7. 7.
    Nishikawa SI, Nishikawa S, Hirashima M, Matsuyoshi N, Kodama H (1998) Progressive lineage analysis by cell sorting and culture identifies FLK1  +  VE-cadherin  +  cells at a diverging point of endothelial and hemopoietic lineages. Development 125:1747–1757PubMedGoogle Scholar
  8. 8.
    Hirashima M, Kataoka H, Nishikawa S, Matsuyoshi N (1999) Maturation of embryonic stem cells into endothelial cells in an in vitro model of vasculogenesis. Blood 93:1253–1263PubMedGoogle Scholar
  9. 9.
    Bahrami SB, Veiseh M, Dunn AA, Boundreau NJ (2011) Temporal changes in Hox gene expression accompany endothelial cell differentiation of embryonic stem cells. Cell Adhesion & Migration 5(2):133–141PubMedCrossRefGoogle Scholar
  10. 10.
    Martinez-Ceballos E, Chambon P, Gudas LJ (2005) Differences in gene expression between wild type and Hoxa1 knockout embryonic stem cells after retinoic acid treatment or leukemia inhibitory factor (LIF) removal. J Biol Chem 280:16484–16498PubMedCrossRefGoogle Scholar
  11. 11.
    Loring JF, Porter JG, Seilhammer J, Kaser MR, Wesselschmidt R (2001) A gene expression profile of embryonic stem cells and embryonic stem cell-derived neurons. Restor Neurol Neurosci 18:81–88PubMedGoogle Scholar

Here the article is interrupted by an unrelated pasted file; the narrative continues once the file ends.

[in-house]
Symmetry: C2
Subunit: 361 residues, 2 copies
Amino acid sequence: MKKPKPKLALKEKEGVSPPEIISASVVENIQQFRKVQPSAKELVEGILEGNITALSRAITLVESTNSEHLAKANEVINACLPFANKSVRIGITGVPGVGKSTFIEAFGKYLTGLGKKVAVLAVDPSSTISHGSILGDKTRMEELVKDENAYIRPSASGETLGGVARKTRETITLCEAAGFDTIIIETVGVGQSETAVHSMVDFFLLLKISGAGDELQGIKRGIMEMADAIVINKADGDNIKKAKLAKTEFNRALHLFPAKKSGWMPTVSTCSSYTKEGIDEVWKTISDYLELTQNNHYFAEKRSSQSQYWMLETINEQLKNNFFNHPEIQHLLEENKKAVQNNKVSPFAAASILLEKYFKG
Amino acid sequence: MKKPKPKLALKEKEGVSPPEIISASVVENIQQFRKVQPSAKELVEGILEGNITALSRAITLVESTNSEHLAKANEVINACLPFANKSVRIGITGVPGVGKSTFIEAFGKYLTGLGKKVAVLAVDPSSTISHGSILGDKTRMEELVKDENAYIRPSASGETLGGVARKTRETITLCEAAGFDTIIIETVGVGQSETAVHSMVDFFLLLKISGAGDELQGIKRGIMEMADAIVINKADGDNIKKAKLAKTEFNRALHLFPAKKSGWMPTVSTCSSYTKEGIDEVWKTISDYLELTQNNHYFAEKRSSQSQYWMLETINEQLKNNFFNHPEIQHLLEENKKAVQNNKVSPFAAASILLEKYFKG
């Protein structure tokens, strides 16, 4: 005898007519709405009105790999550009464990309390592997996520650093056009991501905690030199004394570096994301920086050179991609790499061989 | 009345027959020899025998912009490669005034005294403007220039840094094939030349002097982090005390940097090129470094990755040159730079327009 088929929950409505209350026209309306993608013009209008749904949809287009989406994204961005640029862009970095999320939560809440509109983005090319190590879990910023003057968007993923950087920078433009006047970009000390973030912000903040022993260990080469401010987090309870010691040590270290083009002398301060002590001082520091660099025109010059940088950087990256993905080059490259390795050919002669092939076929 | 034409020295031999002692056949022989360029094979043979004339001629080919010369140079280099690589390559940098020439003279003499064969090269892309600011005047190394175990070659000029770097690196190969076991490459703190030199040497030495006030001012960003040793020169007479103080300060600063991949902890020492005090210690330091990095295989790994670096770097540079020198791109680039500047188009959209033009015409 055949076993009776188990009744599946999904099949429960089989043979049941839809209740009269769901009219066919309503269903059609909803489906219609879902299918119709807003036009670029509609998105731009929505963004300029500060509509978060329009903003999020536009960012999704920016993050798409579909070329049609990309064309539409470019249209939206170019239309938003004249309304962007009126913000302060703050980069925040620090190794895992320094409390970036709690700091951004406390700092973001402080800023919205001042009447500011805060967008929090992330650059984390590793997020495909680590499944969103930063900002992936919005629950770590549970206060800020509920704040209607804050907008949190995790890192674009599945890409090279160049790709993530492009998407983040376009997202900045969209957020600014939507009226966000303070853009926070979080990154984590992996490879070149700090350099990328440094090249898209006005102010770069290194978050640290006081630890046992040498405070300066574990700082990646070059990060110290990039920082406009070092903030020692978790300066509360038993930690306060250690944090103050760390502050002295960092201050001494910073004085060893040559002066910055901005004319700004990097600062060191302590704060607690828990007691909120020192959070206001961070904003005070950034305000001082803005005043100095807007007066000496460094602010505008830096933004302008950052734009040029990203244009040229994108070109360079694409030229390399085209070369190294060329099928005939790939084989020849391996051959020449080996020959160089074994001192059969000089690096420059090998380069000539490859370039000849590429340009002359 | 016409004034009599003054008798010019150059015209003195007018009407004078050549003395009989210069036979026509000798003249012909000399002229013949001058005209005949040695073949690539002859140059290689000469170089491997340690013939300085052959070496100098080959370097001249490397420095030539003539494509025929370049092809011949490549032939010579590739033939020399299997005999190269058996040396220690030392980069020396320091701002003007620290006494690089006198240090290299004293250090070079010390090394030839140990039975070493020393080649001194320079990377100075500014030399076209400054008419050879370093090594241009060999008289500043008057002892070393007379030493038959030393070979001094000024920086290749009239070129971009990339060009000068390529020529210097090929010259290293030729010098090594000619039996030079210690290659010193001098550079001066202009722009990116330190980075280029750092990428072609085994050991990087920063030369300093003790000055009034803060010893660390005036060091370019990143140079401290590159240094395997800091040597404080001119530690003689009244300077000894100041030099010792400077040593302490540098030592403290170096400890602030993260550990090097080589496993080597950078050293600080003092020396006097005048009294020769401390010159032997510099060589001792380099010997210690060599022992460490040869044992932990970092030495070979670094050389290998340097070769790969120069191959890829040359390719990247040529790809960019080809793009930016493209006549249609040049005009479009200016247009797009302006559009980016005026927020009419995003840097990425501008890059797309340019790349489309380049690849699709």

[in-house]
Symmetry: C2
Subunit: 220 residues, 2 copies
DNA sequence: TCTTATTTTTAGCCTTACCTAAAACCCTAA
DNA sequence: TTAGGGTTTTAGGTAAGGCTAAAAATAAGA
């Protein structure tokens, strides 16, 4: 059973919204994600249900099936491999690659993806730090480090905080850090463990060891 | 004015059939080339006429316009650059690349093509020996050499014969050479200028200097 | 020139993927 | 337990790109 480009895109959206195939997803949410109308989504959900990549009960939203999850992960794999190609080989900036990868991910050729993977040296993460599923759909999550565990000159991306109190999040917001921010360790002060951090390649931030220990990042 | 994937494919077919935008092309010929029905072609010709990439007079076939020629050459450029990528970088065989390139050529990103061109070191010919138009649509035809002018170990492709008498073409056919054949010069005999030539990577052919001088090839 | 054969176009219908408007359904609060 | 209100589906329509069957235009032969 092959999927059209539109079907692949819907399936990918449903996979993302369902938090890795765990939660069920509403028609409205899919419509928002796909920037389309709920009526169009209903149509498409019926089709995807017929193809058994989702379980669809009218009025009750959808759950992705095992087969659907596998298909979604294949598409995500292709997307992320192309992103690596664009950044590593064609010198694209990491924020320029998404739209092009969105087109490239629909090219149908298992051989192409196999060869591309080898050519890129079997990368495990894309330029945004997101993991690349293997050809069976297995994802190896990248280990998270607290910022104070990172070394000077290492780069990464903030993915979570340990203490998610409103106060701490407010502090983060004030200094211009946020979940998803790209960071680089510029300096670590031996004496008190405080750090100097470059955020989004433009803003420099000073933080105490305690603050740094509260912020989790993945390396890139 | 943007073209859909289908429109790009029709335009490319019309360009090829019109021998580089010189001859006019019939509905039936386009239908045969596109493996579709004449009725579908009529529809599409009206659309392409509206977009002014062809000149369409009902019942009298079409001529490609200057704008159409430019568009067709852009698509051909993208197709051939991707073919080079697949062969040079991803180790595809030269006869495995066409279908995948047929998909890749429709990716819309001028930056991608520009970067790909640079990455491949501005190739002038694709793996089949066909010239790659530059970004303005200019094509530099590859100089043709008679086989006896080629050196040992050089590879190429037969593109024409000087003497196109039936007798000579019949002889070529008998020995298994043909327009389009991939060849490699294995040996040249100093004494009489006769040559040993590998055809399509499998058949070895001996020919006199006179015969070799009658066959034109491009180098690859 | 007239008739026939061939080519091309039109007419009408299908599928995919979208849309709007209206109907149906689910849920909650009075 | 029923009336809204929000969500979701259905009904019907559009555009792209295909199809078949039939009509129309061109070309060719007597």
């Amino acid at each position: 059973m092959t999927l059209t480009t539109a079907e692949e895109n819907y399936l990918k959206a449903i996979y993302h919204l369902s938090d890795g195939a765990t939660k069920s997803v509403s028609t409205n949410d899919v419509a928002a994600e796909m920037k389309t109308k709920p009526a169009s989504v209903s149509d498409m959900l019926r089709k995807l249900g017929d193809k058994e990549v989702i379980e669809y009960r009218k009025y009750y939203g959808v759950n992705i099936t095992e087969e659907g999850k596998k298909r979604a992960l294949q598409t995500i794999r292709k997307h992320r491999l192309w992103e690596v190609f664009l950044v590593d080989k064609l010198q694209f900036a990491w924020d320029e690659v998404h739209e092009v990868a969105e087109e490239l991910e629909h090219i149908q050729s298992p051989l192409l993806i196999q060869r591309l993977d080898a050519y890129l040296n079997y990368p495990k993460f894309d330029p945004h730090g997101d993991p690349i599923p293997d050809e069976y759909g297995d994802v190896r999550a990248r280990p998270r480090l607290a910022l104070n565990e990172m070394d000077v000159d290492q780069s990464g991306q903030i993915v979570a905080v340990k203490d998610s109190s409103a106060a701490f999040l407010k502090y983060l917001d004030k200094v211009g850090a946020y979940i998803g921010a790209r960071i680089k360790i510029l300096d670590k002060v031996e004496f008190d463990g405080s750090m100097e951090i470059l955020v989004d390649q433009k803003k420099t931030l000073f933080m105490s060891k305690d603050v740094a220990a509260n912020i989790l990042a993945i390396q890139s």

12. 12.
    Lugus JJ, Park C, Choi K (2005) Developmental relationship between hematopoietic and endothelial cells. Immunol Res 32:57–74PubMedCrossRefGoogle Scholar
  13. 13.
    Yamaguchi TP, Dumont DJ, Conlon RA, Breitman ML, Rossant J (1993) flk-1, an flt-related receptor tyrosine kinase is an early marker for endothelial cell precursors. Development 118:489–498PubMedGoogle Scholar
  14. 14.
    Williams RL, Hilton DJ, Pease S, Willson TA, Stewart CL, Gearing DP, Wagner EF, Metcalf D, Nicola NA, Gough NM (1988) Myeloid leukaemia inhibitory factor maintains the developmental potential of embryonic stem cells. Nature 336:684–687PubMedCrossRefGoogle Scholar
  15. 15.
    Preffer F, Dombkowski D (2009) Advances in complex multiparameter flow cytometry technology: applications in stem cell research. Cytometry B Clin Cytom 76:295–314PubMedGoogle Scholar
  16. 16.
    Wang Y, Hammes F, De Roy K, Verstraete W, Boon N (2010) Past, present and future applications of flow cytometry in aquatic microbiology. Trends Biotechnol 28:416–424PubMedCrossRefGoogle Scholar
  17. 17.
    Hulspas R, O’Gorman MR, Wood BL, Gratama JW, Sutherland DR (2009) Considerations for the control of background fluorescence in clinical flow cytometry. Cytometry B Clin Cytom 76:355–364PubMedGoogle Scholar
  18. 18.
    Lugli E, Roederer M, Cossarizza A (2010) Data analysis in flow cytometry: the future just started. Cytometry A 77:705–713PubMedGoogle Scholar

Copyright information

© Springer Science+Business Media New York 2012

Authors and Affiliations

  • S. Bahram Bahrami
    • 1
  • Mandana Veiseh
    • 2
  • Nancy J. Boudreau
    • 1
  1. 1.Department of SurgeryUniversity of California San FranciscoSan FranciscoUSA
  2. 2.Life Science Division, Lawrence Berkeley National LaboratoryBerkeleyUSA

Personalised recommendations